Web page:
Report No DWI0736
EFFECTS OF DISINFECTANTS ON ORGANIC SUBSTANCES IN WATER
Final Report to the Department of Environment
The reaction of oxidants used in drinking water treatment with naturally-occurring organic matter (e.g. humic material), inorganic ions (e.g. bromide) or man-made chemicals (e.g. pesticides) can result in the formation of disinfection by-products (DBPs). Information on the formation and identities of DBPs is required to enable a full evaluation of their potential risk to health.
An investigation of the reaction of chlorine and ozone with selected organic compounds likely to occur in water sources found that chlorine and ozone reacted with unsaturated compounds (e.g. alkenes). Chlorohydrins and aldehydes/carboxylic acids were the major products identified from the reaction of chlorine and ozone respectively. Ozone was found to react with a number of aromatic hydrocarbons (e.g. fluoranthene) and pesticides. Polyelectrolytes did not appear to yield significant concentrations of lower molecular weight compounds after reaction with ozone or chlorine. Evidence was obtained that the structure of the polymer was altered during ozonation; the implications, in terms of any health risk associated with the modified polymer, are unclear.
Dichloroacetic and trichloroacetic acids are commonly found in UK chlorinated drinking waters. Both compounds are included in the revision of the WHO Guidelines for drinking water, and although neither currently appear in the proposed revision of the EC Drinking Water Directive, they remain of potential concern and the implications of any new toxicological data will need to be considered.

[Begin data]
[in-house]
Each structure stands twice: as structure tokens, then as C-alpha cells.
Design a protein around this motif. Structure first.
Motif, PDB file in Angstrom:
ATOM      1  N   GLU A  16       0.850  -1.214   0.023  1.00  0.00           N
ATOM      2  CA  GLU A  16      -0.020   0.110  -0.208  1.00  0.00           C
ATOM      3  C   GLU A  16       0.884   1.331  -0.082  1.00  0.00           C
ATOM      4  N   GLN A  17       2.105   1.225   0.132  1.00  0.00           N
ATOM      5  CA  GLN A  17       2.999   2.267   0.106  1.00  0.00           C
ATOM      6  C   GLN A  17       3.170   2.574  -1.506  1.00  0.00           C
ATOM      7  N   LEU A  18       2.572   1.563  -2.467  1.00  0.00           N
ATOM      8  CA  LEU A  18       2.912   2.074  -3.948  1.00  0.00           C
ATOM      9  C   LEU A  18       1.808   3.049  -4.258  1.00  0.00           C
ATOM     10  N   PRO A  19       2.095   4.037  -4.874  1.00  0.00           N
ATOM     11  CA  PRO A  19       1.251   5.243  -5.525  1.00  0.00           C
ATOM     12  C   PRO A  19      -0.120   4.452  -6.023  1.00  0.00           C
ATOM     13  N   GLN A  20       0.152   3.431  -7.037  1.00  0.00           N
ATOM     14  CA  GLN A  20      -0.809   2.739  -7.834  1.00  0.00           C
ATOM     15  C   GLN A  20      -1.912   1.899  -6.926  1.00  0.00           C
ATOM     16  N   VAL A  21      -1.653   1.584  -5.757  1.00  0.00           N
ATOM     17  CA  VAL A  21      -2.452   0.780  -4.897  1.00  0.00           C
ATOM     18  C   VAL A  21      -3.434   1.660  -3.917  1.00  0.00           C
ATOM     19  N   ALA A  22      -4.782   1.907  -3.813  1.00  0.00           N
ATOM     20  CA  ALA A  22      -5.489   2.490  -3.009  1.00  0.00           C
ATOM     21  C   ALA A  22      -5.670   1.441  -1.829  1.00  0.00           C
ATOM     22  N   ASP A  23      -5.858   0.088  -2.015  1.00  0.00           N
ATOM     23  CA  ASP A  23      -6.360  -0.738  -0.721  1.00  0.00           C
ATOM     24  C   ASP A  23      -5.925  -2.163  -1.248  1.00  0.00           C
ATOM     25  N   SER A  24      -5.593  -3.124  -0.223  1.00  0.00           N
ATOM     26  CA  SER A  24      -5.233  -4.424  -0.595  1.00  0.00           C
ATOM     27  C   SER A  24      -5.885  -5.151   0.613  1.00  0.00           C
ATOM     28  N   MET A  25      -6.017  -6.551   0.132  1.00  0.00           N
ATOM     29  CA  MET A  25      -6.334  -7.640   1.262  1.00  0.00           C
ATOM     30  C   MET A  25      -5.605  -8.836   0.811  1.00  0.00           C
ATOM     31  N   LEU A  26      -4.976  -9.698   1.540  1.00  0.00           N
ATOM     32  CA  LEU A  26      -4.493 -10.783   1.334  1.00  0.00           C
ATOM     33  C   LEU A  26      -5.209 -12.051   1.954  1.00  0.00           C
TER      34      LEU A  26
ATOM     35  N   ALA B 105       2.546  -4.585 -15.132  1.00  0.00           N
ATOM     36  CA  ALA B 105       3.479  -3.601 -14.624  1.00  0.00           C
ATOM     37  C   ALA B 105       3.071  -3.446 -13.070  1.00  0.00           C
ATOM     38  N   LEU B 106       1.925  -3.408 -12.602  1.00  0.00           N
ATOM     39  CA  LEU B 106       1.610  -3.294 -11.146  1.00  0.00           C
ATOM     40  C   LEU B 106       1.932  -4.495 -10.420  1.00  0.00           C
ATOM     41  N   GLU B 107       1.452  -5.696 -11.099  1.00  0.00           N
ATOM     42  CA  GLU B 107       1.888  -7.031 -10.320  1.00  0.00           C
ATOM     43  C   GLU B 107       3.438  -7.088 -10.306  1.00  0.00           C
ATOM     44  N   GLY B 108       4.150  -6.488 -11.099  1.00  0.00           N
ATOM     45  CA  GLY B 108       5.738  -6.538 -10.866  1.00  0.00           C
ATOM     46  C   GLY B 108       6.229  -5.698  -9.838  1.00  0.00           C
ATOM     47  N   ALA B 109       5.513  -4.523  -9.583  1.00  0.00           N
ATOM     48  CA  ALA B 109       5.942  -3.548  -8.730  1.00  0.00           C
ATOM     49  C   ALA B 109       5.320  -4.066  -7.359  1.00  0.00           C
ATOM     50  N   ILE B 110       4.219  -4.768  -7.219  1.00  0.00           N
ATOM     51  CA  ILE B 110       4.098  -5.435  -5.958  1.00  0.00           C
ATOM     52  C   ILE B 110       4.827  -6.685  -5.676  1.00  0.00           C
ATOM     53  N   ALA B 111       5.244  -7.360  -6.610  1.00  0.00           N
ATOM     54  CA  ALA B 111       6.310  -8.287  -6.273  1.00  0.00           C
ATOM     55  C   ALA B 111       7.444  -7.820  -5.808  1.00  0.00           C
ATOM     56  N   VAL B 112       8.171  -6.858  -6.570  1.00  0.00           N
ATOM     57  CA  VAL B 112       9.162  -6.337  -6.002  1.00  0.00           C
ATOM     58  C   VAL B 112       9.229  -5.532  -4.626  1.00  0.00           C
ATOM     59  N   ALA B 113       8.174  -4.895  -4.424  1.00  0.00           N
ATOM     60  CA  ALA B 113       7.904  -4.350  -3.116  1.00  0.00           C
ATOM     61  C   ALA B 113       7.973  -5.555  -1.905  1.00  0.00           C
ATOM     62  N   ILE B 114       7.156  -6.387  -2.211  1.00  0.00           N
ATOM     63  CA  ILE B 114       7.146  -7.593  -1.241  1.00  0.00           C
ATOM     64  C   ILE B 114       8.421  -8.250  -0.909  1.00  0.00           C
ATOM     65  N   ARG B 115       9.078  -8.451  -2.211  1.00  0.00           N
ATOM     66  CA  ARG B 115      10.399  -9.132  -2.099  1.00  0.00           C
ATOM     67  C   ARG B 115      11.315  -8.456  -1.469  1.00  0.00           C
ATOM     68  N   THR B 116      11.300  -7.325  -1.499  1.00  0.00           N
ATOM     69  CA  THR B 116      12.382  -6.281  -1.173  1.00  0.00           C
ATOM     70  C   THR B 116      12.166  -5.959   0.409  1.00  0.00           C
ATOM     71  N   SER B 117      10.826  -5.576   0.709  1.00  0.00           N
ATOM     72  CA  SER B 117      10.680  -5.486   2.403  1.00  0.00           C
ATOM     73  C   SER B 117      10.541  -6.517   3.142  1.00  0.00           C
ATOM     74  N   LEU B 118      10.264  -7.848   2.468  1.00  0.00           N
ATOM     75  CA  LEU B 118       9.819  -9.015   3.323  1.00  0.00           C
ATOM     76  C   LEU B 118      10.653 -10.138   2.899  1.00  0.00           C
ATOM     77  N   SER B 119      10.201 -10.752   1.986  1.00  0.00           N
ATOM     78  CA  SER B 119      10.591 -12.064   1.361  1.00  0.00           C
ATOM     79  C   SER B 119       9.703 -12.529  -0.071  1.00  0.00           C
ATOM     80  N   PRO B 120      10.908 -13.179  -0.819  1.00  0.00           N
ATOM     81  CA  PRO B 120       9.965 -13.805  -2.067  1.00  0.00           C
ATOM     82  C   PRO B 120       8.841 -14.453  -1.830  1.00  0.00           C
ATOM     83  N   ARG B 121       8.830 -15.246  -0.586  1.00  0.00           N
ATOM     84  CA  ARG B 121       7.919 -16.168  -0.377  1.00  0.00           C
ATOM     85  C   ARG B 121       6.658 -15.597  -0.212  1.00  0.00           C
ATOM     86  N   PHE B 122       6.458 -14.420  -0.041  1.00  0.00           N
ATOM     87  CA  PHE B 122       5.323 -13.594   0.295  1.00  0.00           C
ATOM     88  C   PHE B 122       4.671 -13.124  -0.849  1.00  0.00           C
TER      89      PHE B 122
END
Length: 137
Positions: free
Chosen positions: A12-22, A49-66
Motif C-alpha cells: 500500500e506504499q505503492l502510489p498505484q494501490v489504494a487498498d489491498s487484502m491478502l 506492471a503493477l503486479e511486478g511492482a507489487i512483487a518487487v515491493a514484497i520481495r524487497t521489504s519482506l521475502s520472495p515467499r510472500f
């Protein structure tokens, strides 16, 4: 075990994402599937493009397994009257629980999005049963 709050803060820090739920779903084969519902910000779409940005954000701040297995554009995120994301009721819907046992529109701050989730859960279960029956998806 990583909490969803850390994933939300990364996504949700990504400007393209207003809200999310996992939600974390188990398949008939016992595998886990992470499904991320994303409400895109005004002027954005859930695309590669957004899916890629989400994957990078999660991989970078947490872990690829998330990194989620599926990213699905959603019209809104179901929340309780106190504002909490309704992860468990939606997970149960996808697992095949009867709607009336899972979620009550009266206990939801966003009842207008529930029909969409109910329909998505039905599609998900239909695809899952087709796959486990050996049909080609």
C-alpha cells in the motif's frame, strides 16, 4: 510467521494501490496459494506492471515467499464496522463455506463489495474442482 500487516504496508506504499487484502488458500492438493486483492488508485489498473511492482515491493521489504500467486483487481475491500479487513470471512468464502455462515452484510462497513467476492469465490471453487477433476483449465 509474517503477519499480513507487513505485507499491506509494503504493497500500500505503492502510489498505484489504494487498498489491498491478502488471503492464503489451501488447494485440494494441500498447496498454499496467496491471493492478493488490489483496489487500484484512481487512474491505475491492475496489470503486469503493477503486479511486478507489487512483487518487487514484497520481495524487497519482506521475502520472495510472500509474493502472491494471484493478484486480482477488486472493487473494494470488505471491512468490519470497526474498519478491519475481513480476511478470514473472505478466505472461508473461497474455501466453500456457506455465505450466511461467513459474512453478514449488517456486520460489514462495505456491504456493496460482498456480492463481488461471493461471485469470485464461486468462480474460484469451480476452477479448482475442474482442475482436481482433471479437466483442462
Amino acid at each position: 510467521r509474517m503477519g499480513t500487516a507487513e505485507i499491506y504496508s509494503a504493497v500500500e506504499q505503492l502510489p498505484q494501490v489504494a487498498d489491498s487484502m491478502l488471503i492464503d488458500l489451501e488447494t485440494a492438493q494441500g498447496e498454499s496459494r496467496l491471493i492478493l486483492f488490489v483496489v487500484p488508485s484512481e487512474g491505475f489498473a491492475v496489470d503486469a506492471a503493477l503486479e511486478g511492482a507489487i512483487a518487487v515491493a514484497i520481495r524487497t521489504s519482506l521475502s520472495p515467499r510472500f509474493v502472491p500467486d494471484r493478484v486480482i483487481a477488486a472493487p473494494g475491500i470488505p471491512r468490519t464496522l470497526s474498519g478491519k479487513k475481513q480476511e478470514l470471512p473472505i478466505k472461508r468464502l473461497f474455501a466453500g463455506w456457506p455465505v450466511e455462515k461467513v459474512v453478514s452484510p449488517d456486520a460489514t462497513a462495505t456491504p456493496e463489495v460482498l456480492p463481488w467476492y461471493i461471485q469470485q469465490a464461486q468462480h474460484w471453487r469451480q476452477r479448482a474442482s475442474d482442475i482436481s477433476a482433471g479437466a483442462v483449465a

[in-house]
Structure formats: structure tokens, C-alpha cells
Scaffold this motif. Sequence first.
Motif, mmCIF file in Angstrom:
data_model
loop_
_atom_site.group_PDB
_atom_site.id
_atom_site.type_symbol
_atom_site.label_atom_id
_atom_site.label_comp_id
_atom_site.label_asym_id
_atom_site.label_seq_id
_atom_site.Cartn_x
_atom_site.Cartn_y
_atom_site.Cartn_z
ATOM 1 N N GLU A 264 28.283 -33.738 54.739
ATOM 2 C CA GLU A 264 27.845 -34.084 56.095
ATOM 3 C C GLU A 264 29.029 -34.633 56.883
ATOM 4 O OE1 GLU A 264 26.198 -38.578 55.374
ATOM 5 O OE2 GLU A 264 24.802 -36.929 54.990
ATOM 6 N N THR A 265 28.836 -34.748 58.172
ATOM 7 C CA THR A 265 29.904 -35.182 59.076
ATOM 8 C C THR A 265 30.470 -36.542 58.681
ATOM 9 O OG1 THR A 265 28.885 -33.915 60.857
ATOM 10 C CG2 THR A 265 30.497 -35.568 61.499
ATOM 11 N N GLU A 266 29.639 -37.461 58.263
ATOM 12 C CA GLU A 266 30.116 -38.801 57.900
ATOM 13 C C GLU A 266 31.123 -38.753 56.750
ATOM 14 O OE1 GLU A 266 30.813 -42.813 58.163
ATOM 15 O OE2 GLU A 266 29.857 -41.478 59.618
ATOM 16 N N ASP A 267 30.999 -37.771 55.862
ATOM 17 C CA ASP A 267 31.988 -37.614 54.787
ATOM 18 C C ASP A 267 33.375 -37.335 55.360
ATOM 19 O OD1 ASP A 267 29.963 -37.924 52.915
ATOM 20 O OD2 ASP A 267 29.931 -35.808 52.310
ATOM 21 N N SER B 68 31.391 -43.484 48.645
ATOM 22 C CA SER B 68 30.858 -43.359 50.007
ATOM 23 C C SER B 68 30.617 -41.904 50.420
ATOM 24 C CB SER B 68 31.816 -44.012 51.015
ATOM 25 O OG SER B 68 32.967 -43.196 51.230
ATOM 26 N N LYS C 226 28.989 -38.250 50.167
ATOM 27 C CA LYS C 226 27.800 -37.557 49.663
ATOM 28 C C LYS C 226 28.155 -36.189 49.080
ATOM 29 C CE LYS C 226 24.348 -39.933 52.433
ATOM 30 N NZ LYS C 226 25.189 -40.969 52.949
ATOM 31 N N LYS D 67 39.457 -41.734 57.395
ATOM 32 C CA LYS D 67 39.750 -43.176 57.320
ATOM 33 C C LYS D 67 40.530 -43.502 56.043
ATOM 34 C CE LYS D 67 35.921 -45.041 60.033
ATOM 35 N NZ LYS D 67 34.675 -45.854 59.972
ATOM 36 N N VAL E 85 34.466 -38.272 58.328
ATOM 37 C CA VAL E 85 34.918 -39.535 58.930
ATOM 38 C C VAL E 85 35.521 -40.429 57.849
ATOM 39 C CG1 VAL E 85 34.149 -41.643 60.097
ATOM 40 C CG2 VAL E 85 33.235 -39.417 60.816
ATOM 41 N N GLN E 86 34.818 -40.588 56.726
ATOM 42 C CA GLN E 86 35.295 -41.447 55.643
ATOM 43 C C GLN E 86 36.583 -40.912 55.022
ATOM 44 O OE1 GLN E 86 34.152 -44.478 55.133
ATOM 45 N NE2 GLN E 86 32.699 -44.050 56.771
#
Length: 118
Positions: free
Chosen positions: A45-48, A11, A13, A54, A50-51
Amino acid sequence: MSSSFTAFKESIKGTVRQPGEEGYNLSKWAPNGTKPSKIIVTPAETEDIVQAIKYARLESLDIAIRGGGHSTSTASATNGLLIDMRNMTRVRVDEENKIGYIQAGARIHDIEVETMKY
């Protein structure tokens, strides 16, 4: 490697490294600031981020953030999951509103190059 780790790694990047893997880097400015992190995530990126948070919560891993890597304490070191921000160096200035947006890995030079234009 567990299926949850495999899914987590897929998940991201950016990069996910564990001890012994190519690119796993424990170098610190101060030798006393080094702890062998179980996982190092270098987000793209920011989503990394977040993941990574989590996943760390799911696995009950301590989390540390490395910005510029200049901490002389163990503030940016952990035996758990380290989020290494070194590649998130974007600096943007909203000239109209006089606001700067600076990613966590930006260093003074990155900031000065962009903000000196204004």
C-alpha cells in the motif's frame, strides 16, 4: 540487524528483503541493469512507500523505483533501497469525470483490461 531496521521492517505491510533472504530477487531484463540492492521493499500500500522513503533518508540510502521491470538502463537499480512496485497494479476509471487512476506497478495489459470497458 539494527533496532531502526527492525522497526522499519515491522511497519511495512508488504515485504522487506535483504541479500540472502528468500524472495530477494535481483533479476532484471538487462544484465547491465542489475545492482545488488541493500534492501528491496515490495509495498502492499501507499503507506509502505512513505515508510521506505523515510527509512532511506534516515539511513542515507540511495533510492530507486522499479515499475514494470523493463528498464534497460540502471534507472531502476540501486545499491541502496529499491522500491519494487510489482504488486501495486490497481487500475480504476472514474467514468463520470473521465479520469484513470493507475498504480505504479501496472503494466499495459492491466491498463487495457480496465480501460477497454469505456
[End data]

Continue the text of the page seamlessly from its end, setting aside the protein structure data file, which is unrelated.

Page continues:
Bromate can readily be formed during the ozonation of waters containing bromide. Bromate was also found in both commercial and on-site generated sodium hypochlorite solutions, as well as in some of the corresponding treated waters. Data obtained during this study suggest that a standard of 10 µg/l could be exceeded at certain treatment works in the UK, either from the use of ozone or sodium hypochlorite or a combination of the two.
The extraction and concentration techniques typically used to assess the mutagenicity of chlorinated drinking water extracts may not be suitable for polar, highly water soluble, ozonation by-products. Attempts to balance the risks to health from the presence of DBPs in drinking water against those arising from microbial risks due to using less, or a different, disinfectant are underway in the US. This is a potentially important area and developments in the US and elsewhere should continue to be monitored. Preliminary analysis of data for a range of DBPs in chlorinated water suggested that correlations do exist between individual DBPs and classes of DBPs (e.g. THMs) or general parameters (e.g. AOX).
Copies of this report may be available as an Acrobat pdf download under the 'Pre 2000 Reports' heading on the DWI website.